In one scene, as the camera pans around several different Wakandan tribes, I found myself in tears, overcome with emotion just like when I watched Crazy Rich Asians. Because I know that Black Panther meant to so many black people what CRA meant to so many Asian people. Representation. A movie about people like us that wasn’t only meant for people like us. It was meant for everybody. And it kicked ass.

Takeaways:

  • Wakanda forever.
  • Use specificity to get at universality. It’s the details that people connect to.
  • A story can both fit the mold and break out of it at the same time.

“In times of crisis, the wise build bridges, while the foolish build barriers.”

T’Challa in the post-credits scene
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Seen on screen

On Friday, I indulged in two movies, one on the big screen, and one on my iPad mini. Both filled my heart with joy, and made me cry several times, because of the stories themselves, and also because of what these stories mean. I haven’t stopped thinking about them all weekend, and I can’t wait to watch them again.

Based on the novel of the same name, Crazy Rich Asians is part rom-com, part fish-out-of-water story, part family drama, and part extravagant party.

It’s also the first Hollywood production to feature an all-Asian cast since 1993’s Joy Luck Club. (Which is one of my all-time favorite movies, by the way.)

When the movie started, I was overcome with emotion. Seeing all those Asian faces — faces like my aunts, my cousins, my friends, their parents — and for them to be the stars? For them to be the focus of a lighthearted contemporary story, as opposed to something historical or niche? It was just so…

It was everything.

Crazy Rich Asians is not perfect, but it’s genuinely enjoyable. Henry Golding is a gem, and Michelle Yeoh is great as ever. The last third of the movie is especially strong, which is significant, because endings are hard. (The wedding reception! The mahjong scene! The plane scene!)

The more I look back on the movie, the more I appreciate both the big things (romantic love vs. family love; mother-child relationships; self-sacrifice) and the little things (Araminta with glasses and no make-up at the night market; Rachel and Peik Lin going barefoot through the Goh family mansion; everyone making dumplings together and sharing family stories in a mix of English and Chinese).

To All The Boys I’ve Loved Before, now streaming on Netflix, is also based on a novel, and features a half-Korean main character. The whole cast is charming, but especially Noah Centineo (Peter, one of the love interests) and Anna Cathcart (Kitty, the younger sister). To be honest, I was just expecting this to be a bit of fluffy fun, and it was, but it was also much more.

This piece does a great job explaining how TATBILB manages to succeed within its genre, while also setting itself apart:

The story plays out with familiar beats and set pieces, bits I remembered from beloved predecessors like “A Walk to Remember,” “She’s All That” and “10 Things I Hate About You,” movies designed to make you remember, viscerally, the terrifying thrill of first love.

But damn, does “To All the Boys I’ve Loved Before” stick just about every landing, in part by reshaping misogynistic and shallow tropes of the genre in ways that make it feel more honest and yet also more optimistic.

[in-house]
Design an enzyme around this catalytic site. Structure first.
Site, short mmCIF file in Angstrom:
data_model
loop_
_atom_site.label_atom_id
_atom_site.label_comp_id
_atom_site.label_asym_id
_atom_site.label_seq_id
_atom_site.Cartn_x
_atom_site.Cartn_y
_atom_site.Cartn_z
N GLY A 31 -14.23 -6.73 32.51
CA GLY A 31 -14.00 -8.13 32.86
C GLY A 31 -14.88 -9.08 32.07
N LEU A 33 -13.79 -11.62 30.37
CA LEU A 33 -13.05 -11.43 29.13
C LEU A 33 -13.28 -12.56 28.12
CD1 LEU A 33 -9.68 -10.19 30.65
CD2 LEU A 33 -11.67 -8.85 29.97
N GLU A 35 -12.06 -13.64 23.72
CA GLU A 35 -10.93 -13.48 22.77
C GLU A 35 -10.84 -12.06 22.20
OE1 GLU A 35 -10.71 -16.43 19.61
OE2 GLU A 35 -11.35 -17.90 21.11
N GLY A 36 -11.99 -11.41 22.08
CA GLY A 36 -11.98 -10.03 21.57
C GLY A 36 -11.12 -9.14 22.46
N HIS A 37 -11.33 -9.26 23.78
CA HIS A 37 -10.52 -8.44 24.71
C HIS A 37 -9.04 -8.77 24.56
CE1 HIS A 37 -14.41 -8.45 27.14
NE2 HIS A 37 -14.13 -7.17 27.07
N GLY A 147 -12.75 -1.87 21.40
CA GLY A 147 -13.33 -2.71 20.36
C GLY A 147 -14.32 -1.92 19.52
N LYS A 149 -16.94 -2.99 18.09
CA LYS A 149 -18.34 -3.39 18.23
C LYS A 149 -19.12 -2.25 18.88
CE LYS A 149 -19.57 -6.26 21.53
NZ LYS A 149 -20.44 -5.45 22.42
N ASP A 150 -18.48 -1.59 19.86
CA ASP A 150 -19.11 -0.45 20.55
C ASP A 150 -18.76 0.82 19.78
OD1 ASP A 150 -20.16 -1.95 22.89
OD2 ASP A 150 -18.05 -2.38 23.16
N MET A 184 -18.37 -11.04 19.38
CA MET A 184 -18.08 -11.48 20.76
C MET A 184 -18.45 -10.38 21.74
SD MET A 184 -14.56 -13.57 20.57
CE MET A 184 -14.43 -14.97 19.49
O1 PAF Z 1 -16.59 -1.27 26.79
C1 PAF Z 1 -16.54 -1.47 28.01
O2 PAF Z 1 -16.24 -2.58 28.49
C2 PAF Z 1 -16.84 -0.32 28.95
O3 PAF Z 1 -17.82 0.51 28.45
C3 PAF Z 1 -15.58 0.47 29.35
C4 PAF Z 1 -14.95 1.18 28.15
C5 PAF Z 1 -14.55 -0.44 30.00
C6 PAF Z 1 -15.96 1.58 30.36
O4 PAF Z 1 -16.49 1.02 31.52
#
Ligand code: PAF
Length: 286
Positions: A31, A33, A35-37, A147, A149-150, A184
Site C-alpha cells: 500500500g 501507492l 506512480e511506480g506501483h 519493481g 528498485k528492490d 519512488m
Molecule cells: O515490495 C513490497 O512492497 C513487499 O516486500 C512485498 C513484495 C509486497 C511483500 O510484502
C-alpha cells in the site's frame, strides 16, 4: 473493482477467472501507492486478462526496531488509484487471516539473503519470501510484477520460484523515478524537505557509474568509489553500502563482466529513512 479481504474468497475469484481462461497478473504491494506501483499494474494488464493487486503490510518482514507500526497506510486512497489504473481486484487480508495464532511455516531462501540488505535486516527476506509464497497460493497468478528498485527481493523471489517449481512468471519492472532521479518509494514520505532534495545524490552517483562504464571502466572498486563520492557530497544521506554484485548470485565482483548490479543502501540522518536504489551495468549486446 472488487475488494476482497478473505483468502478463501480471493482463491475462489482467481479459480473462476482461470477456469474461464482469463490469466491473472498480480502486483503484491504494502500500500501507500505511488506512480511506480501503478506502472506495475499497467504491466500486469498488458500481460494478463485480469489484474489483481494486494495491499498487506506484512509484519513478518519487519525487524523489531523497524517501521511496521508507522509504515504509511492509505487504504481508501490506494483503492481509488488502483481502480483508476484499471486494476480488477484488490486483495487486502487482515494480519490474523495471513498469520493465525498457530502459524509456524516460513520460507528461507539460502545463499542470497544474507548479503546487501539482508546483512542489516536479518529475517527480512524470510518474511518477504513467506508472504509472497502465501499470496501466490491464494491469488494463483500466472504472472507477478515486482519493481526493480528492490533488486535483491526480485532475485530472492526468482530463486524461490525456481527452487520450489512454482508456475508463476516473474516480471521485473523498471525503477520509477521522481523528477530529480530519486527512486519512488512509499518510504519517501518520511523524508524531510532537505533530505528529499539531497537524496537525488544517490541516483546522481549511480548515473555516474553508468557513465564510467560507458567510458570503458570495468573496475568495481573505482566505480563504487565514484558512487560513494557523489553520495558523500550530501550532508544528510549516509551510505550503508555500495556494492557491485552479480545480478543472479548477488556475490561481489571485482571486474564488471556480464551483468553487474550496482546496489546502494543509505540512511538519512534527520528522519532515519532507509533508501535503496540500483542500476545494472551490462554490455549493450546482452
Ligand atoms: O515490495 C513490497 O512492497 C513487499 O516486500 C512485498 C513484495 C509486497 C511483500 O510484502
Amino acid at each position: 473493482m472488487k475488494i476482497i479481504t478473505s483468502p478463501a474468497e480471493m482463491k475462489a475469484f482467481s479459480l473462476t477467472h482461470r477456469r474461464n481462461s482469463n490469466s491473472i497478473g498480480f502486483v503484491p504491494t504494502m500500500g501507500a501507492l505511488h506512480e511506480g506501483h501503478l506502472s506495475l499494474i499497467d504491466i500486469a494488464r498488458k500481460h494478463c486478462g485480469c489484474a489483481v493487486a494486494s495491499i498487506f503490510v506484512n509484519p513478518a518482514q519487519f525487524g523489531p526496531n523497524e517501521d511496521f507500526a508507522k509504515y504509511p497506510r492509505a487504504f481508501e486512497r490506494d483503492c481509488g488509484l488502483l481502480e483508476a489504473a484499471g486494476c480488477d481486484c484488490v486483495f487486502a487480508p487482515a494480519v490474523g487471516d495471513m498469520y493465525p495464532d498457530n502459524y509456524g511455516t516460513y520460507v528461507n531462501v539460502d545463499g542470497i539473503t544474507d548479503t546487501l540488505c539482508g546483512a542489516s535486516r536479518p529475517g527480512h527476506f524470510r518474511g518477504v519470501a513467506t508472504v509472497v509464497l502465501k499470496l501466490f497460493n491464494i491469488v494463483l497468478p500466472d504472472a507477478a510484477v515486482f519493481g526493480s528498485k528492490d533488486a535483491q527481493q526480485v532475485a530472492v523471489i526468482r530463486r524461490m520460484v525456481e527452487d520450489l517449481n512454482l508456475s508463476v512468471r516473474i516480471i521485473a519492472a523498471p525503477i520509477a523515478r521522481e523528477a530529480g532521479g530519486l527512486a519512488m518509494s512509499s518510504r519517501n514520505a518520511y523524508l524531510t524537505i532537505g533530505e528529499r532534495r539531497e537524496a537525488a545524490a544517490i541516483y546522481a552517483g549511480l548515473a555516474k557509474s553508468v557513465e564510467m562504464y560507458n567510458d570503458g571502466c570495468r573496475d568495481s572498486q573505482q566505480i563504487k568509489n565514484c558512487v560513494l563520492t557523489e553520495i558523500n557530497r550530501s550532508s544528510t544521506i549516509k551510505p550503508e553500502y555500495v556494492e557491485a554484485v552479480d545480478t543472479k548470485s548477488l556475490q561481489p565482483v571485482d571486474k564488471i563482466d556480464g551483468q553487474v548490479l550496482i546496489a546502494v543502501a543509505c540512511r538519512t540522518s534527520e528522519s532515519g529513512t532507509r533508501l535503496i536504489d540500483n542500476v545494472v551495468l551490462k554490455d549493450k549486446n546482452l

Specifically: The dad is not stodgy and oblivious; When couples break up, they don’t instantly hate each other, because that’s not how first love usually works; And maybe most importantly, the heroine doesn’t require a sexy makeover in order for the hot guy to fall for her.

[It’s] a gentle, witty, nuanced movie about family, grief and growing up, wrapped around a love story that’s both believably bumbling and an irresistible fantasy.

Also: That hot tub scene.


My daughter IB is too young to watch these movies with me at the moment, but I hope when she’s old enough, she’ll want to. Because if seeing them healed pieces of my own 30-something-year-old heart, then I can only imagine what they might mean to her growing up. Maybe she’ll watch them dozens of times, like I did with Mulan and Joy Luck Club. Or maybe, if we’re lucky, she won’t have to, because there will be so many stories with good Asian representation that these won’t stand out like they do now.


I would like to be a part of that. Like many writers of color, my earliest work defaulted to whiteness, but as I’ve matured, all my best writing has reflected my mixed race identity, in one way or another.

Sometimes I wonder whether the world really needs my stories or not. I ask myself, What can I add? Why does anything I say matter?

This weekend, Crazy Rich Asians and To All The Boys I’ve Loved Before reminded me that you don’t have to change the world, or be perfect, to make a difference.

#RepresentationMatters

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Stuff worth reading

“Writers Aren’t Who They Think They Are” by David Ebenbach

What the novel says, I think, is that any single event is the result of many, many things. That’s why you have the hundreds of pages leading up to the climax; those pages suggest the philosophy that you can only fully understand that climax and its significance if you know a whole lot about all the things that led up to it… The short story says something different—not contradictory, but different. The short story suggests that any single moment or detail, in some sense, contains everything: the characters; their problems and promise; the significance of the events; human nature, more generally; the past, the present, and the future.